The only difference between a Ramalinga Raju, who raided Satyam’s cash chest to bankroll his infrastructure dreams, and the government, which dipped into public sector assets to finance its re-election, is this: Raju cannot legislate away his crimes. Government can.
Let’s go back to the first number: Rs2,80,795 crore. I owe this piece of info to my colleague Mayank Aggarwal, who had put in an RTI query to the ministry of petroleum and natural gas asking them how much money was transferred from profit-making oil companies to loss-making ones to fund the subsidisation of kerosene, cooking gas and diesel (among other things).
The answer he got was frightening. Between 2004-05 and 2009-10, the three most profitable oil and gas companies (ONGC, GAIL and Oil India) were summarily asked to hand over Rs1,12,592 crore to three loss-making oil marketing companies.
That’s nearly three times the current year’s central outlay for NREGA, the flagship social security scheme of the UPA. But even Rs1,12,592 crore wasn’t enough to staunch the bleeding of Indian Oil, BPCL and HPCL. Over and above the robbery of three profit-making oil companies, the government had to raid the taxpayer’s chest for another Rs1,68,203 crore over 2005-10 (paid through oil bonds) to ensure the marketing companies stayed afloat.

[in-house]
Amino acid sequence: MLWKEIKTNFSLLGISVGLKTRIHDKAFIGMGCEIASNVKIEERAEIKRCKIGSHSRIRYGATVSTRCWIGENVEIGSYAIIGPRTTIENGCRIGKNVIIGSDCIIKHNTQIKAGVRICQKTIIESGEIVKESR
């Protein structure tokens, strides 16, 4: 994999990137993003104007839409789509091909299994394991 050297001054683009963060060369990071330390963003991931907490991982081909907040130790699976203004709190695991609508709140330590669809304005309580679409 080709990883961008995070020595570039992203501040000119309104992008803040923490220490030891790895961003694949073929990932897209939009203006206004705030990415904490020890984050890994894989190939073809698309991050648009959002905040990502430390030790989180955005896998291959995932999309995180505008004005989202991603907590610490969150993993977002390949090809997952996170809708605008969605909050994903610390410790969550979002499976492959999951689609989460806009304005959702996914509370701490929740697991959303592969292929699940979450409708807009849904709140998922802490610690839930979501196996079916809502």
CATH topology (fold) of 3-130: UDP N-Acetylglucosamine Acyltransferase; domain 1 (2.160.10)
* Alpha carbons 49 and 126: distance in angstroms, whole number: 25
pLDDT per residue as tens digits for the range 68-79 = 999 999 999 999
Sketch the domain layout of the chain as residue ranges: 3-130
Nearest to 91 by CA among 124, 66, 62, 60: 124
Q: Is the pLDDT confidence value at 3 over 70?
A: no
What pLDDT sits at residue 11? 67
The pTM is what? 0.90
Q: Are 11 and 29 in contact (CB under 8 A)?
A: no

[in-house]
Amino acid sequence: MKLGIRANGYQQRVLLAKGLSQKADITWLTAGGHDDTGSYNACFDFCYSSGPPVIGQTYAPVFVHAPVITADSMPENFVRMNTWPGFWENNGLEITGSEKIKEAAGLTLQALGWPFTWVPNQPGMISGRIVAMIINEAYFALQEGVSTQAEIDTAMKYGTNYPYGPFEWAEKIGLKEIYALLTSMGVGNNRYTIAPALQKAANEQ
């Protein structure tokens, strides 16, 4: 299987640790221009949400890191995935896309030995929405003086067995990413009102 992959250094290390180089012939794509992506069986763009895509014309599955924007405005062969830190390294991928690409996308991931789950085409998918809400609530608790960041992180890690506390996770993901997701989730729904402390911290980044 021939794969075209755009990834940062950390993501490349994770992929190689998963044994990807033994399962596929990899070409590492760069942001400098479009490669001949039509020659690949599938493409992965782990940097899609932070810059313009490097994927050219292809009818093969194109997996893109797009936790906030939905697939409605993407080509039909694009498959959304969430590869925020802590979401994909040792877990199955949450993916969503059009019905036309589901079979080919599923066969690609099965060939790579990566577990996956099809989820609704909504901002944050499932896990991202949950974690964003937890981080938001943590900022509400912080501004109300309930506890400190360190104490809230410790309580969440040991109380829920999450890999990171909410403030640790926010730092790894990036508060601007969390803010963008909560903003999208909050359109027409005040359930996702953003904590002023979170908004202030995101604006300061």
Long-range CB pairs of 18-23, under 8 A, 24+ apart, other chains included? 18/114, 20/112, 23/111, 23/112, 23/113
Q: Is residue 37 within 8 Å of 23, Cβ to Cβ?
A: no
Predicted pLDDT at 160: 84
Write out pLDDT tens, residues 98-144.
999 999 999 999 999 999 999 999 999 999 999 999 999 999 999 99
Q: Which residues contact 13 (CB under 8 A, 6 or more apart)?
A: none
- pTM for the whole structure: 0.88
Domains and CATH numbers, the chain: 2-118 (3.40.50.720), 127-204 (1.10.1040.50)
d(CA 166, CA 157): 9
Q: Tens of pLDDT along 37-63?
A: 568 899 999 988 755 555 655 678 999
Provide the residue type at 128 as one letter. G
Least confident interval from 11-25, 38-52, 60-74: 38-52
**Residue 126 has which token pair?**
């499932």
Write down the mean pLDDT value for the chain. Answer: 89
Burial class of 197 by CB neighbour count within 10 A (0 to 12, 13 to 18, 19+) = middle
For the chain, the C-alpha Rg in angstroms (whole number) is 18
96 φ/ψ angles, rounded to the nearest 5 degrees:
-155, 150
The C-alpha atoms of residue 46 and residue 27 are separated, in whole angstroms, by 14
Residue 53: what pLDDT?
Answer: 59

Now, let’s restate the full extent of the skullduggery. To ensure that oil prices did not rock its electoral boat, it transferred Rs1,12,592 crore from publicly-listed profit-makers to the loss-makers, but there’s a procedural complication here.

Politicians & Corruption

Cartoon Sourcehttp://lifesacomicstrip.blogspot.com/2009/09/politicians-and-money.html
The government itself owns majority stakes in these profit-makers, so the real extent of money transferred from private investors is equal only to the level of public shareholding in these companies.